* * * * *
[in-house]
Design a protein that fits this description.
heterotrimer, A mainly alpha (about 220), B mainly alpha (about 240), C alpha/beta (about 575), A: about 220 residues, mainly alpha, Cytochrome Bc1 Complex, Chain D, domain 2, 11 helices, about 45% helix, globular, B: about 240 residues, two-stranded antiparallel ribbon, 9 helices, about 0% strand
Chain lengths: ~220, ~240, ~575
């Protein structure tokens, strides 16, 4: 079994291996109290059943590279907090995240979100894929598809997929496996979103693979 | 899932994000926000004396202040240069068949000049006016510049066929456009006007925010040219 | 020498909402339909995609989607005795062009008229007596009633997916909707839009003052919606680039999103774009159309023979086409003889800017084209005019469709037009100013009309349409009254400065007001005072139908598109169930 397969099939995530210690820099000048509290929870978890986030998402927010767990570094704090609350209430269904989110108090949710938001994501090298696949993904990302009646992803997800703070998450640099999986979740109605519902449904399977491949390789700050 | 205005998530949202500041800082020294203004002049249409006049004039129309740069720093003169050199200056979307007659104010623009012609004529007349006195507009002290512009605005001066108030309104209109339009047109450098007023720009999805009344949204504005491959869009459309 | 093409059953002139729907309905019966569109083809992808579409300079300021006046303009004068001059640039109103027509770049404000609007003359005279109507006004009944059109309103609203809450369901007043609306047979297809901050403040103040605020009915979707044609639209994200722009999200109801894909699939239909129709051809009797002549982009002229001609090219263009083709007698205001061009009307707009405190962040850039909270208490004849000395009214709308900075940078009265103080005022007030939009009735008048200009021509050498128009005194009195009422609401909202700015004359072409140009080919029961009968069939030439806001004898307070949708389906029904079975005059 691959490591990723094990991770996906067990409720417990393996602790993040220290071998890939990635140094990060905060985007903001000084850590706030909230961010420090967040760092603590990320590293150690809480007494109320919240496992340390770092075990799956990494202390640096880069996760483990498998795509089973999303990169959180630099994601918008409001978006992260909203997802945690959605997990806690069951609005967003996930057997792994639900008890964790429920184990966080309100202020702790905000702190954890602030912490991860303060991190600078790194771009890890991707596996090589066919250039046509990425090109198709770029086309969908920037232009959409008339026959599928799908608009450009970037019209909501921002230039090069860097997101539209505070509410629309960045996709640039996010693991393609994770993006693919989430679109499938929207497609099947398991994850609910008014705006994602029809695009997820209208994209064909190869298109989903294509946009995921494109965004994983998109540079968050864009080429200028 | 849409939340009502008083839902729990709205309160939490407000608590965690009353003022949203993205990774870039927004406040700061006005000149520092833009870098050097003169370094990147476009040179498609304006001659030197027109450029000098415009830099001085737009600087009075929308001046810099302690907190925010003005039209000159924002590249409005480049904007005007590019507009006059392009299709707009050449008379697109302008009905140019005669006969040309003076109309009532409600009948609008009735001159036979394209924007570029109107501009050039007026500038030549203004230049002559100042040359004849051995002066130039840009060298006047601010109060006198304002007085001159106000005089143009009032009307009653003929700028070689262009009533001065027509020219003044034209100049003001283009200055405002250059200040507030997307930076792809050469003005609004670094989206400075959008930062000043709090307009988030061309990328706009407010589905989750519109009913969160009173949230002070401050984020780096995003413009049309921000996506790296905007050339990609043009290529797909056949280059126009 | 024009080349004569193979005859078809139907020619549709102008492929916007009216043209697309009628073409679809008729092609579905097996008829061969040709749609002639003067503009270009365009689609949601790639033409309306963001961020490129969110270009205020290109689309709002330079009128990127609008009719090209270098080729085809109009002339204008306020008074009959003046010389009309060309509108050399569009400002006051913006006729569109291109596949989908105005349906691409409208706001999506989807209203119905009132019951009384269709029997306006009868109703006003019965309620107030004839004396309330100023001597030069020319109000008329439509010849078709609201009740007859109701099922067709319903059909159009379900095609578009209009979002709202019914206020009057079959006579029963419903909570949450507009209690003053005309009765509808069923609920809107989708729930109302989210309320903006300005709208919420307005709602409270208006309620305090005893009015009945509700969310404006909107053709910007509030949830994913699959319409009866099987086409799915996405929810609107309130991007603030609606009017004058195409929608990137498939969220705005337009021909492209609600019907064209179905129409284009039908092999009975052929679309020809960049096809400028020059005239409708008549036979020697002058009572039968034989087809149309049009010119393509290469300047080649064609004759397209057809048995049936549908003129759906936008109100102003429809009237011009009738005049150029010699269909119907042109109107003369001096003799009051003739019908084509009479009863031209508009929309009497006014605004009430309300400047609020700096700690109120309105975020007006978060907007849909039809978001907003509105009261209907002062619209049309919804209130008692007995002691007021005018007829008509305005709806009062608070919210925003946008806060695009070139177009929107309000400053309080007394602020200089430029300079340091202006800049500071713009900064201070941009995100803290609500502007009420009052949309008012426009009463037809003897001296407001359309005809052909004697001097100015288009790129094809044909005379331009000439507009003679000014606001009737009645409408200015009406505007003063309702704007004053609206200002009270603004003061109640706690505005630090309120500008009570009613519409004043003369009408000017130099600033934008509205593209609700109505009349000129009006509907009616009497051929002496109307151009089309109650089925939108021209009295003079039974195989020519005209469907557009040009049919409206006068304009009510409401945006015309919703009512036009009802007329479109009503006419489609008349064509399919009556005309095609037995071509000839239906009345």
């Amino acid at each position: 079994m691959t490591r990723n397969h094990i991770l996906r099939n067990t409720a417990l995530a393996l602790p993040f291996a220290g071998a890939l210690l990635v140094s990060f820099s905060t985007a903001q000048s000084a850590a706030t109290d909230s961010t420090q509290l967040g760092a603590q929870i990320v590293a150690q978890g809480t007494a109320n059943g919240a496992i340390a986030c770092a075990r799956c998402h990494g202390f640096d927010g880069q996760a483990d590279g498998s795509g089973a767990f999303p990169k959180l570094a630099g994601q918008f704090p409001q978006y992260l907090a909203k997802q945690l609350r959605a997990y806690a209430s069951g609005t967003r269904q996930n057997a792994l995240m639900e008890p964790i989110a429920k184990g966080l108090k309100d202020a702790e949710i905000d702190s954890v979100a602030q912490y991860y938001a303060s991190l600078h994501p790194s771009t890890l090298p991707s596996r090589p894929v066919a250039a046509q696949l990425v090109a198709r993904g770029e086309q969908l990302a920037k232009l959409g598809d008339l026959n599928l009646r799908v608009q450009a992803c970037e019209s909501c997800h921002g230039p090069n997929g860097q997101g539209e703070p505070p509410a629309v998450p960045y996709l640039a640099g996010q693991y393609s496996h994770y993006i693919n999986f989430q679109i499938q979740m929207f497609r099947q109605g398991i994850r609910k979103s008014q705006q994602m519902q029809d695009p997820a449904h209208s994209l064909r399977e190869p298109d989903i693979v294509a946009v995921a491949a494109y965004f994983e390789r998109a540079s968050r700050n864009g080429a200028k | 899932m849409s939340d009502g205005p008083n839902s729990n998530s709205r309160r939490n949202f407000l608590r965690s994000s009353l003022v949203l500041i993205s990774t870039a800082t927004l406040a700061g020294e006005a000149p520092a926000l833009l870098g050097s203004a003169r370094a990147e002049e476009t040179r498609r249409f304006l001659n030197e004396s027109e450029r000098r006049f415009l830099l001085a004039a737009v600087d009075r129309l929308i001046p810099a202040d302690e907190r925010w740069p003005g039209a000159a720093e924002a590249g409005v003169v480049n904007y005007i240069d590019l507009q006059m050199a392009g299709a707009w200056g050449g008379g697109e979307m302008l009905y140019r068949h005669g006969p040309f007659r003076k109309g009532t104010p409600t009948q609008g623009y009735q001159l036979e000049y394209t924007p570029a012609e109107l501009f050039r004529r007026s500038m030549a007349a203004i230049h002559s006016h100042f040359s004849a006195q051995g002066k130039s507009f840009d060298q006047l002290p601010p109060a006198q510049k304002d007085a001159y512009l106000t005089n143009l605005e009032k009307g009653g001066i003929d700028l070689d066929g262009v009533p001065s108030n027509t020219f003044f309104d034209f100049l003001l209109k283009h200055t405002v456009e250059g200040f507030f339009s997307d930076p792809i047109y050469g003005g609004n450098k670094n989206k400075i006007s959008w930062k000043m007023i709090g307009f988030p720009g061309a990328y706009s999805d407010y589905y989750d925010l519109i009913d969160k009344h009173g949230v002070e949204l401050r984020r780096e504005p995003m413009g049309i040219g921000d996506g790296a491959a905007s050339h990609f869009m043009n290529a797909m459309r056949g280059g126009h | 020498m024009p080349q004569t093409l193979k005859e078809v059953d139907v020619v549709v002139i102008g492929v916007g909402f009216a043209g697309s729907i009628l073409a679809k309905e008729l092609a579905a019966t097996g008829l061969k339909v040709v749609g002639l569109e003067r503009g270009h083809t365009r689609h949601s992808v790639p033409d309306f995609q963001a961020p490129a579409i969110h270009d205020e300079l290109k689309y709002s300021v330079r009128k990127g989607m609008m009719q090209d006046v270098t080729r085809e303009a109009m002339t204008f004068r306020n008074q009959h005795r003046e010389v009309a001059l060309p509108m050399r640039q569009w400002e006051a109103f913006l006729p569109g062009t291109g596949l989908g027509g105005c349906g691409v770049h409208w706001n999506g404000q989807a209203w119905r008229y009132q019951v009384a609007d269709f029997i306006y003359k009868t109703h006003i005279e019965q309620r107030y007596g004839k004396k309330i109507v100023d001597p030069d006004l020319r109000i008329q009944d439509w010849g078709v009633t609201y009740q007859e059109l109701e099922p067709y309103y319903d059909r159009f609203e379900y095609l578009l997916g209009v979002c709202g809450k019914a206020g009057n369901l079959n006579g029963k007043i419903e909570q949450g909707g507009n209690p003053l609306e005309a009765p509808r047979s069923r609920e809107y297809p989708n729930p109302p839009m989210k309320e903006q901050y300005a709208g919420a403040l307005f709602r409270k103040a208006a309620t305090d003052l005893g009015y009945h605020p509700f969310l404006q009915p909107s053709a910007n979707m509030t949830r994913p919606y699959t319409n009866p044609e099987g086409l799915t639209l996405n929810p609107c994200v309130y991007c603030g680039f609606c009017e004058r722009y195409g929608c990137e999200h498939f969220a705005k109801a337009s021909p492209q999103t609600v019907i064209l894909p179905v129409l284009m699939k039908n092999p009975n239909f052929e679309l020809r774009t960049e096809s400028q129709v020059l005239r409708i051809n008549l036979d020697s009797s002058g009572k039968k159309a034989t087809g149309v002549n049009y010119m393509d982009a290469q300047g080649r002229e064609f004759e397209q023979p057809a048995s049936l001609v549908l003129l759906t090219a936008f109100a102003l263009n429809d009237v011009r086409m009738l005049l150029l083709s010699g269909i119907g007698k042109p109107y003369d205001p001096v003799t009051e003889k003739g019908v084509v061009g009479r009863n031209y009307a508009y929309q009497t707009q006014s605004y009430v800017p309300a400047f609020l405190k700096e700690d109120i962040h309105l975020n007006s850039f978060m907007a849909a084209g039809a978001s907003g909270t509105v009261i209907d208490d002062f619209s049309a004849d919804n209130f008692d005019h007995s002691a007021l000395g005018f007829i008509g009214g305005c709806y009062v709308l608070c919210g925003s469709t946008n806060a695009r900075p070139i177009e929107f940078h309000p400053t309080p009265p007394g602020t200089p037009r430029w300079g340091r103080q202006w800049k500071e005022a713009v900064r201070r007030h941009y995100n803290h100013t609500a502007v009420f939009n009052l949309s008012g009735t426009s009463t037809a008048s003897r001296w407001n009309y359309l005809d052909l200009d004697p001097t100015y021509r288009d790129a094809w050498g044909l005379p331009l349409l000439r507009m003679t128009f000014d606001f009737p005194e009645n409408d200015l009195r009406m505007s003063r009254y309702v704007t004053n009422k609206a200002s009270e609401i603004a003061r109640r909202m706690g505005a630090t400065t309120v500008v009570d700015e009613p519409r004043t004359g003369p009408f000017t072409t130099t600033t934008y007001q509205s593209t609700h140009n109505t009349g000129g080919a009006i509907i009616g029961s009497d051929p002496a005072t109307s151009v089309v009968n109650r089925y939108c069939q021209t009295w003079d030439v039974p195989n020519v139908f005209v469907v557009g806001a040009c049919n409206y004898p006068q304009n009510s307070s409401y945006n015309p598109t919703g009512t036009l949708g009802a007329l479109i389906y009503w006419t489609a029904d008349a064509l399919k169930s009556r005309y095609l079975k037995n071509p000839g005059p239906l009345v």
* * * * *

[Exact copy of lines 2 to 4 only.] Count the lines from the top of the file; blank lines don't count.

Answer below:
Design a protein that fits this description.
heterotrimer, A mainly alpha (about 220), B mainly alpha (about 240), C alpha/beta (about 575), A: about 220 residues, mainly alpha, Cytochrome Bc1 Complex, Chain D, domain 2, 11 helices, about 45% helix, globular, B: about 240 residues, two-stranded antiparallel ribbon, 9 helices, about 0% strand
Chain lengths: ~220, ~240, ~575